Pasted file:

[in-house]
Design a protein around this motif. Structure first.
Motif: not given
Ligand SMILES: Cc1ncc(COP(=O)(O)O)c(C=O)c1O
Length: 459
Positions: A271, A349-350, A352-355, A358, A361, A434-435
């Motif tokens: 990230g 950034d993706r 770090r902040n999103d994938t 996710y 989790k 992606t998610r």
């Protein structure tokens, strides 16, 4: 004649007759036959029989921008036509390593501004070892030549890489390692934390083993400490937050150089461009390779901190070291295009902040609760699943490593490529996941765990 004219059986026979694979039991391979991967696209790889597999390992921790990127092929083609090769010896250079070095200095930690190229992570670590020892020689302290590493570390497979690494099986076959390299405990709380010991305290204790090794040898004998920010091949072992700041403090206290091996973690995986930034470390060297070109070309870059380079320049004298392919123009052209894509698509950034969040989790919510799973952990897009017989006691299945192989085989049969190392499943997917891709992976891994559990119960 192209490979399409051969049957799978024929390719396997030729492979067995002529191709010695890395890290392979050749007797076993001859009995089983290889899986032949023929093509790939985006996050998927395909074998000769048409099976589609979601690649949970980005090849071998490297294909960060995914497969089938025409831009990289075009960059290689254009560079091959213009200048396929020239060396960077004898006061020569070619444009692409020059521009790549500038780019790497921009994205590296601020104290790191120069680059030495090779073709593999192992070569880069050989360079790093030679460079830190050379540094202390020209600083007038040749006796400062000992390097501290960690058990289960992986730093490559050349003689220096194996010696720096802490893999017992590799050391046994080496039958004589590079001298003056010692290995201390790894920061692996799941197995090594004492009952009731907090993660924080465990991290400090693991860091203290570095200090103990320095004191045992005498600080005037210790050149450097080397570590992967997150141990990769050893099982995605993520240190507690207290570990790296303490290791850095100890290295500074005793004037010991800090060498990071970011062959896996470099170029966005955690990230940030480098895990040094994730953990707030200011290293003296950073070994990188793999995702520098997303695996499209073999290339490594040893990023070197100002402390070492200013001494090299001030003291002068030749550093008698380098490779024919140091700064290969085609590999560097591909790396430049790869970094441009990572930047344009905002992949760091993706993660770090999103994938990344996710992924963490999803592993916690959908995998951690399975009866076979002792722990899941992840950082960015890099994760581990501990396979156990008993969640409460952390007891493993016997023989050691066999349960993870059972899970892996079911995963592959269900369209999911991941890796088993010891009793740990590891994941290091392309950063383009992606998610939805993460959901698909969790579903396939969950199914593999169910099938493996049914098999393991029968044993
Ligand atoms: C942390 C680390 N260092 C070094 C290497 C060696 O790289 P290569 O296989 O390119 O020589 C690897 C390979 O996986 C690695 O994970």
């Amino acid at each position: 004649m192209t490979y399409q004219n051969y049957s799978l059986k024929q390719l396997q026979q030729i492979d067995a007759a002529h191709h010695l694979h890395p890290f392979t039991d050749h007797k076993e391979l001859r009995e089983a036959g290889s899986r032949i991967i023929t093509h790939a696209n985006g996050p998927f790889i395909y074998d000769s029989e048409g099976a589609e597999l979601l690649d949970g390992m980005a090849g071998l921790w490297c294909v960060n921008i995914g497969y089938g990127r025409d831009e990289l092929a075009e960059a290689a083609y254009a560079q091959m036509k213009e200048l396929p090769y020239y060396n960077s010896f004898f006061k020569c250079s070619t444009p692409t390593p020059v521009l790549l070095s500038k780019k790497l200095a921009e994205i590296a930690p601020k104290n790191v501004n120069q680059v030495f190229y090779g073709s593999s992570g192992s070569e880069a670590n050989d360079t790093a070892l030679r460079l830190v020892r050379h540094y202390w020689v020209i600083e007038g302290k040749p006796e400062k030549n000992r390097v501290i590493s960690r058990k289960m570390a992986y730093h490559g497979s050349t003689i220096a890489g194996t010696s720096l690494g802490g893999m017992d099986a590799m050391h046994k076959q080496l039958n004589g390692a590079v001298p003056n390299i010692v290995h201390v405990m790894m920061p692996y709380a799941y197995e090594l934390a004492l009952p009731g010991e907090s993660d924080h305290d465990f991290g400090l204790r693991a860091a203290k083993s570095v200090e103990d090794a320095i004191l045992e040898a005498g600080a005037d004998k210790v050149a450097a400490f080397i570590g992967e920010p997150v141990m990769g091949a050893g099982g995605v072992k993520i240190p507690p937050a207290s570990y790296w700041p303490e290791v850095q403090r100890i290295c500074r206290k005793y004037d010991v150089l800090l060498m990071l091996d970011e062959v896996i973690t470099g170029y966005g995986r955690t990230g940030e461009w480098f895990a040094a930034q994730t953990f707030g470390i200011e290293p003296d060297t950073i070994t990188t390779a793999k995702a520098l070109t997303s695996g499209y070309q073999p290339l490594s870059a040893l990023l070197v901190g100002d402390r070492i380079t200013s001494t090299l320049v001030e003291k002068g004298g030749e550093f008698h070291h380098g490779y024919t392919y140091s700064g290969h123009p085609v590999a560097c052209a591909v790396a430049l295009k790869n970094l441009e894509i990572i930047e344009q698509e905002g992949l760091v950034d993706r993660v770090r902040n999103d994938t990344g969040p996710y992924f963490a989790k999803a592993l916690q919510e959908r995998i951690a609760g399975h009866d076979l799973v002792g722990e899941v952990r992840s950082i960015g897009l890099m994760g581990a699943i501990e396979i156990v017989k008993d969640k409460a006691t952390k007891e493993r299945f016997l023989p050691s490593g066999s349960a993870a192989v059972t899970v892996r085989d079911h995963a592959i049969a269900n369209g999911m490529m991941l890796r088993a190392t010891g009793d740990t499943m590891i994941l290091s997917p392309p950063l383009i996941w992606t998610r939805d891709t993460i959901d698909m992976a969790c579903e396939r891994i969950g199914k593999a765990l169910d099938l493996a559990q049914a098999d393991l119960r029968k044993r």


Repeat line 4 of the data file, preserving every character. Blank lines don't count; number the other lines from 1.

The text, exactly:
Ligand SMILES: Cc1ncc(COP(=O)(O)O)c(C=O)c1O